As you are aware, -I have said that repeatedly- the building where the Greek Revolution began, where members of the Filiki Etairia met, is a property of ours.
You are also aware that, as we speak, a Ukrainian counteroffensive is underway in the Kherson region and in Eastern Ukraine. Of course, it is not in my capacity to inform you about that; I’m simply emphasizing it.
It is maintained by the Greek state. The relevant exhibits have now been stored in the basement. I note that there are letters from Pushkin, the great Russian poet, who attended meetings of the Filiki Etairia.
President Putin does not subscribe to Leninist internationalism. President Putin adheres to the concept of the ‘Russkiy Mir’, that is, the “Russian world”, which he stands for. If we had time, we could discuss where it comes from, what is happening, and what is the theoretical basis of this concept, which can in no way justify or explain the unacceptable invasion of Ukraine.
Aside from that, we have very close and friendly relations with both Finland and Sweden, two countries that are members of the European Union, with an excellent system for the protection of human rights, and remarkable armed forces.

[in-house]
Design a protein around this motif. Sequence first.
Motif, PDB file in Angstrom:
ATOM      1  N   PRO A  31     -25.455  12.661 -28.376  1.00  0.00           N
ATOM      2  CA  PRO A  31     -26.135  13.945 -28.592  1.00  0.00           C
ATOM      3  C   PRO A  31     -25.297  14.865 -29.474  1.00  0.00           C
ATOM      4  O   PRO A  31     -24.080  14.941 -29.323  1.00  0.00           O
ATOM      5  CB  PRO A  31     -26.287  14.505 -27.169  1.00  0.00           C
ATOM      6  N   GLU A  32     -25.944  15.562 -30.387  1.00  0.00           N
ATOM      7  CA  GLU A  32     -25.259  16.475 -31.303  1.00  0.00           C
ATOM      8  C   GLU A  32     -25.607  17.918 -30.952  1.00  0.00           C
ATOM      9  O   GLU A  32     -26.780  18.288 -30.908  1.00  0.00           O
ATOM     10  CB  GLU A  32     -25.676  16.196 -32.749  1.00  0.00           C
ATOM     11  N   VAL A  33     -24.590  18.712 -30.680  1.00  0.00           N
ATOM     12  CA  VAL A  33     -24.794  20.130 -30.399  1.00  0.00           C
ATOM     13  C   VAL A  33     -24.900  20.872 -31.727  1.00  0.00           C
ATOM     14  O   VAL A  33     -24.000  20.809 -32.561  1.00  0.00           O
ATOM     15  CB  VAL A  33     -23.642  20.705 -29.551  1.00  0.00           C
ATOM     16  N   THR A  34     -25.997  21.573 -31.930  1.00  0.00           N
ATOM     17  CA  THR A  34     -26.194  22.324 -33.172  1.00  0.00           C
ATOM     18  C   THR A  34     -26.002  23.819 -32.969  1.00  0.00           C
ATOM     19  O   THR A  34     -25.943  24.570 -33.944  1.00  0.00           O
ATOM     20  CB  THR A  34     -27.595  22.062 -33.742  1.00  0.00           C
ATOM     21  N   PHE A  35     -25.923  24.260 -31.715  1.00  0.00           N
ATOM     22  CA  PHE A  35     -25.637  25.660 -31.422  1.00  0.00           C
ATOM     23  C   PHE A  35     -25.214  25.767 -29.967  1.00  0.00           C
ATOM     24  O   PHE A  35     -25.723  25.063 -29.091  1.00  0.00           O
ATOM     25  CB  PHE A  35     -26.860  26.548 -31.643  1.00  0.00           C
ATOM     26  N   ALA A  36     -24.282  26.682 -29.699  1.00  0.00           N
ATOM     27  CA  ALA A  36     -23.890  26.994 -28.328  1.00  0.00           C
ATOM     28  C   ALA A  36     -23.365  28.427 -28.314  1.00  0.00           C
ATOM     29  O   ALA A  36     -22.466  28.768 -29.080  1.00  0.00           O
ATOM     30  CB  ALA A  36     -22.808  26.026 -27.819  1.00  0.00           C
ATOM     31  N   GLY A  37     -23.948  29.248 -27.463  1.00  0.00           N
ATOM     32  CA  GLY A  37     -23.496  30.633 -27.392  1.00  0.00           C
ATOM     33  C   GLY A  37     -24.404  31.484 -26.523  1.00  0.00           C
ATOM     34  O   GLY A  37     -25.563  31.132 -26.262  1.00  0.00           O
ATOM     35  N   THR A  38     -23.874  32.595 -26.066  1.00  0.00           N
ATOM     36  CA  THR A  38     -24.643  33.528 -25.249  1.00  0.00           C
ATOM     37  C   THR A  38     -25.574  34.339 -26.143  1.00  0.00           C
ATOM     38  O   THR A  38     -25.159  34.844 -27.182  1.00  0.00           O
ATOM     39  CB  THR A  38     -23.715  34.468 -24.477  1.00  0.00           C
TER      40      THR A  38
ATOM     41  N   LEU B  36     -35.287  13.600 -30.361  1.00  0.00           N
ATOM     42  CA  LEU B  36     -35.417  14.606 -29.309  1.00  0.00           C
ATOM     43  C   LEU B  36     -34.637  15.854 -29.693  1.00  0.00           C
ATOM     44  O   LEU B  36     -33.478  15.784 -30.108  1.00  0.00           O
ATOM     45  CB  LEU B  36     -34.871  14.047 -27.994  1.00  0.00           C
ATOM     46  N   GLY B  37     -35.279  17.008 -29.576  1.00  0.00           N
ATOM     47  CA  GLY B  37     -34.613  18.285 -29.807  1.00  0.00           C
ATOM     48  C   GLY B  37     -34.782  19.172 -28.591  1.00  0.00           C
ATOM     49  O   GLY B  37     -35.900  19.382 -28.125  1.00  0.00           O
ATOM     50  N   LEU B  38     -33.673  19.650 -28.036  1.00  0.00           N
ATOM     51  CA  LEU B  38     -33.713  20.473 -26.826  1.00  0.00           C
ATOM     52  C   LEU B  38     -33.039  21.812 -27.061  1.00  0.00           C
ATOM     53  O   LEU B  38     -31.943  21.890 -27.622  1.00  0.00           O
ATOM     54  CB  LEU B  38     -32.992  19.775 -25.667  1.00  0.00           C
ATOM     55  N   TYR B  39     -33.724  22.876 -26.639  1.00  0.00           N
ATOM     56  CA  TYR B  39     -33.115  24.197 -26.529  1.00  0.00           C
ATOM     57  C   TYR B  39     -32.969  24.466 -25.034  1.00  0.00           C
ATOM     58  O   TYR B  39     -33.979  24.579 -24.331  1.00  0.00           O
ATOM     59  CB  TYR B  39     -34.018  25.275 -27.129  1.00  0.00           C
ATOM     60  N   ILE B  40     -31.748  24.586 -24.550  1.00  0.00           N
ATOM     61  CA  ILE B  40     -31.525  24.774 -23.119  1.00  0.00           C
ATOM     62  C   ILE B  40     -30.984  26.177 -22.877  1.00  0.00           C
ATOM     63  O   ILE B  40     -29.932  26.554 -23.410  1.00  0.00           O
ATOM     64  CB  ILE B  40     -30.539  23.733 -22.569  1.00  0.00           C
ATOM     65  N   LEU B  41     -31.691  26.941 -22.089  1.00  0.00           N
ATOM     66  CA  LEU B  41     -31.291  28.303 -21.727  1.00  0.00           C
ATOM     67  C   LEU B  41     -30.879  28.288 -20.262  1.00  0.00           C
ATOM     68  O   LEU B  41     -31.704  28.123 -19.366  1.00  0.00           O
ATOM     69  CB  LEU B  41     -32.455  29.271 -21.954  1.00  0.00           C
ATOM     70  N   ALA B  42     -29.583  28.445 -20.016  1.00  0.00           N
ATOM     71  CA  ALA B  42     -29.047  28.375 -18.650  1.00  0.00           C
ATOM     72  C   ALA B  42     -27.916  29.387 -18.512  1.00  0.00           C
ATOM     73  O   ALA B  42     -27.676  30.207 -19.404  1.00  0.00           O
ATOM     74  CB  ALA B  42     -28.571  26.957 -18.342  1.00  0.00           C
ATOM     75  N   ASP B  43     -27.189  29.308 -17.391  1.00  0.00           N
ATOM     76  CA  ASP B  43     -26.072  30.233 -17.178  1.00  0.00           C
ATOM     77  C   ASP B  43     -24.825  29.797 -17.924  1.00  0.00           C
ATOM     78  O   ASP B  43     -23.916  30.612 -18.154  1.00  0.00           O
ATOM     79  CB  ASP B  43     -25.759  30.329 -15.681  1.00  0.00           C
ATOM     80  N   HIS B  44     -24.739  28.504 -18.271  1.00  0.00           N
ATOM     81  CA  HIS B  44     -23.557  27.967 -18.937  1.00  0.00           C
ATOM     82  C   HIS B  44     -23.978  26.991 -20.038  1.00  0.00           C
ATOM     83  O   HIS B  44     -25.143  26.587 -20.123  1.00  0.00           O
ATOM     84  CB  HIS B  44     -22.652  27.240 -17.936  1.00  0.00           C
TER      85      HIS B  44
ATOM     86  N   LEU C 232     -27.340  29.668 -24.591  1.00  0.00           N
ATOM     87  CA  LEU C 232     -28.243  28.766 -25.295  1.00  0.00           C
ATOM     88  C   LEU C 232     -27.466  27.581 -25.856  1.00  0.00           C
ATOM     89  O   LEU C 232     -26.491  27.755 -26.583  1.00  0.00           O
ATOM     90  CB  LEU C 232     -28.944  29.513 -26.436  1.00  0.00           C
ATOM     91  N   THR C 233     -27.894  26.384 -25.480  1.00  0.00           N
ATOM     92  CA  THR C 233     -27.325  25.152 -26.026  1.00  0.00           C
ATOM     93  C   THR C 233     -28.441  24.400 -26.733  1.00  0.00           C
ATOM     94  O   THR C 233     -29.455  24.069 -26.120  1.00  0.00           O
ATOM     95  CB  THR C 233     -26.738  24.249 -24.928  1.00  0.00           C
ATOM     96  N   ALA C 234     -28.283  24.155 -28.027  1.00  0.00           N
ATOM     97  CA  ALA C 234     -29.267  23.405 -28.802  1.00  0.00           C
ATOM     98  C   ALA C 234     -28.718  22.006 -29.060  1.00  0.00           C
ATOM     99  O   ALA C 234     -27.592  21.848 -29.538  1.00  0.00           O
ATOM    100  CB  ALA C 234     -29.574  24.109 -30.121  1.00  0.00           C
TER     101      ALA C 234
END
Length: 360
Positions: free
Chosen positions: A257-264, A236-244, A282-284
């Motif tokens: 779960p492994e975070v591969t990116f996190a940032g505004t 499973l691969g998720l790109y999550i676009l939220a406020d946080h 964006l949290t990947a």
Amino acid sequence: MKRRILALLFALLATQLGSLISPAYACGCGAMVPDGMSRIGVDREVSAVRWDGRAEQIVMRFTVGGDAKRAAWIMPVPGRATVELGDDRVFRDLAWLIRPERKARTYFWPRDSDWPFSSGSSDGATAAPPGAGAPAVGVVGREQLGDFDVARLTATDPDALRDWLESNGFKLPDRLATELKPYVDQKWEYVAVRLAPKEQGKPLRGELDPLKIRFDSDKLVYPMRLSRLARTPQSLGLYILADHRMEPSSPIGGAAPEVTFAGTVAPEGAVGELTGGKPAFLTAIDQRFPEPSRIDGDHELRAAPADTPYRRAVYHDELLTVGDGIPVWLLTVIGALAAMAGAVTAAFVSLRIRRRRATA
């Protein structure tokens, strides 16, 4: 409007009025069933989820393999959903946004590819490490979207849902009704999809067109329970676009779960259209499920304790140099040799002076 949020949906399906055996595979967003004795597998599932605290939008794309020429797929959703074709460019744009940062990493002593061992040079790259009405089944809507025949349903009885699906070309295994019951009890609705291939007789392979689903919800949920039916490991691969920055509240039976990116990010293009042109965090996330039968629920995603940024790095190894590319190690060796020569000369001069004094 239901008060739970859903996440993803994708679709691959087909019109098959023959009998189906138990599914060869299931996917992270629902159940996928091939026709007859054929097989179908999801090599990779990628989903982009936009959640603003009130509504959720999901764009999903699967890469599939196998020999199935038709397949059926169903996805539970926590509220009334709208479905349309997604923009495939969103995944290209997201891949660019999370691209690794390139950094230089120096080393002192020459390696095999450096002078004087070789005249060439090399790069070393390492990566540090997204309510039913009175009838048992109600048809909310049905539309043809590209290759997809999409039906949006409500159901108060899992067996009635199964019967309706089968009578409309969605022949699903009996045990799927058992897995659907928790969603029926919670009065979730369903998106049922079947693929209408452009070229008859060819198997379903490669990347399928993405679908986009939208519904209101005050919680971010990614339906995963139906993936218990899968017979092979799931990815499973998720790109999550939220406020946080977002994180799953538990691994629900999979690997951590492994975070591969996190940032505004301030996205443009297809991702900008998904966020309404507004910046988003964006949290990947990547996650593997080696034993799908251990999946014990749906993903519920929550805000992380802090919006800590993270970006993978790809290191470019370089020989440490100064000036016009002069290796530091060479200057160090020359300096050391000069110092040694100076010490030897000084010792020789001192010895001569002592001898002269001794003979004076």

Greece also believes in the need to reform the United Nations’ functioning as well as the United Nations Security Council. Greece is aware of the need for other important countries to participate in the United States Security Council.
As part of my response, I will just comment briefly on what has been said about the issue of the embargo imposed by these two countries, of the one actually, of Sweden, on Turkey and how it was not safeguarded in the context of this negotiation.
Ms. Sakorafa, to be honest, Mikhail Gorbachev, in my view, is a controversial figure, and therefore, apart from the practical difficulty of the Greek Foreign Minister going to Moscow at this juncture, I cannot forget that aside from his contribution to the liberation of forces that were claiming an autonomous say and an autonomous national presence, he was the man who allowed, I say allowed, not to say ordered, the invasion of the Baltic countries.